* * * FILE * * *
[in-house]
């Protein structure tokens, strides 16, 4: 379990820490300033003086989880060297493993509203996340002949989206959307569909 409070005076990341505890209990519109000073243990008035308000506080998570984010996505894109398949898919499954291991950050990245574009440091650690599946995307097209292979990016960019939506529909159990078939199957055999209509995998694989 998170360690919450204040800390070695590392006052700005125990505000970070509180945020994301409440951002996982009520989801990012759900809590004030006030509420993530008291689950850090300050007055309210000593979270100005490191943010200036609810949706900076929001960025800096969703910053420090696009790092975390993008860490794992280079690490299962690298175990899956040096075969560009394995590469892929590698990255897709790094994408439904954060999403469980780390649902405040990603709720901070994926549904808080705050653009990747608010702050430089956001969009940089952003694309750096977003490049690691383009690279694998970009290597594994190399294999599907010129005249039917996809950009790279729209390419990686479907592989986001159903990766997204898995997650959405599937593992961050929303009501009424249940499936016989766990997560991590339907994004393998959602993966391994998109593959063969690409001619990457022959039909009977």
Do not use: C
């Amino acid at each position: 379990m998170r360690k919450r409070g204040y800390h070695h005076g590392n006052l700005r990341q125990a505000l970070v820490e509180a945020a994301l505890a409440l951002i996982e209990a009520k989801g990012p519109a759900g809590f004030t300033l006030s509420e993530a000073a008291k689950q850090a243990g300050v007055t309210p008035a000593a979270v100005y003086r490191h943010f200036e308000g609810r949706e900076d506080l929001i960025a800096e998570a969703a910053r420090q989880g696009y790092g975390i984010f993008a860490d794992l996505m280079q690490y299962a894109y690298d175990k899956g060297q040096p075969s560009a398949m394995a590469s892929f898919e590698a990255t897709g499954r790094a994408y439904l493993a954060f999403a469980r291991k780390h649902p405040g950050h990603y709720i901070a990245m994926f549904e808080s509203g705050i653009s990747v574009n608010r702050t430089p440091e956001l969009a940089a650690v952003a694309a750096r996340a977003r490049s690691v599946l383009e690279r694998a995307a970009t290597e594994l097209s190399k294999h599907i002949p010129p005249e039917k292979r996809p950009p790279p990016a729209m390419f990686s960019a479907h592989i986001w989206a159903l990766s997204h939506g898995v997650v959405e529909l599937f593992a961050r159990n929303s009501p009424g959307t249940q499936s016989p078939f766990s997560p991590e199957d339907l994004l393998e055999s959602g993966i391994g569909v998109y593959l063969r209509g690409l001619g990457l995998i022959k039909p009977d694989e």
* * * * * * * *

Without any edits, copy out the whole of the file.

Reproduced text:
[in-house]
């Protein structure tokens, strides 16, 4: 379990820490300033003086989880060297493993509203996340002949989206959307569909 409070005076990341505890209990519109000073243990008035308000506080998570984010996505894109398949898919499954291991950050990245574009440091650690599946995307097209292979990016960019939506529909159990078939199957055999209509995998694989 998170360690919450204040800390070695590392006052700005125990505000970070509180945020994301409440951002996982009520989801990012759900809590004030006030509420993530008291689950850090300050007055309210000593979270100005490191943010200036609810949706900076929001960025800096969703910053420090696009790092975390993008860490794992280079690490299962690298175990899956040096075969560009394995590469892929590698990255897709790094994408439904954060999403469980780390649902405040990603709720901070994926549904808080705050653009990747608010702050430089956001969009940089952003694309750096977003490049690691383009690279694998970009290597594994190399294999599907010129005249039917996809950009790279729209390419990686479907592989986001159903990766997204898995997650959405599937593992961050929303009501009424249940499936016989766990997560991590339907994004393998959602993966391994998109593959063969690409001619990457022959039909009977």
Do not use: C
């Amino acid at each position: 379990m998170r360690k919450r409070g204040y800390h070695h005076g590392n006052l700005r990341q125990a505000l970070v820490e509180a945020a994301l505890a409440l951002i996982e209990a009520k989801g990012p519109a759900g809590f004030t300033l006030s509420e993530a000073a008291k689950q850090a243990g300050v007055t309210p008035a000593a979270v100005y003086r490191h943010f200036e308000g609810r949706e900076d506080l929001i960025a800096e998570a969703a910053r420090q989880g696009y790092g975390i984010f993008a860490d794992l996505m280079q690490y299962a894109y690298d175990k899956g060297q040096p075969s560009a398949m394995a590469s892929f898919e590698a990255t897709g499954r790094a994408y439904l493993a954060f999403a469980r291991k780390h649902p405040g950050h990603y709720i901070a990245m994926f549904e808080s509203g705050i653009s990747v574009n608010r702050t430089p440091e956001l969009a940089a650690v952003a694309a750096r996340a977003r490049s690691v599946l383009e690279r694998a995307a970009t290597e594994l097209s190399k294999h599907i002949p010129p005249e039917k292979r996809p950009p790279p990016a729209m390419f990686s960019a479907h592989i986001w989206a159903l990766s997204h939506g898995v997650v959405e529909l599937f593992a961050r159990n929303s009501p009424g959307t249940q499936s016989p078939f766990s997560p991590e199957d339907l994004l393998e055999s959602g993966i391994g569909v998109y593959l063969r209509g690409l001619g990457l995998i022959k039909p009977d694989e």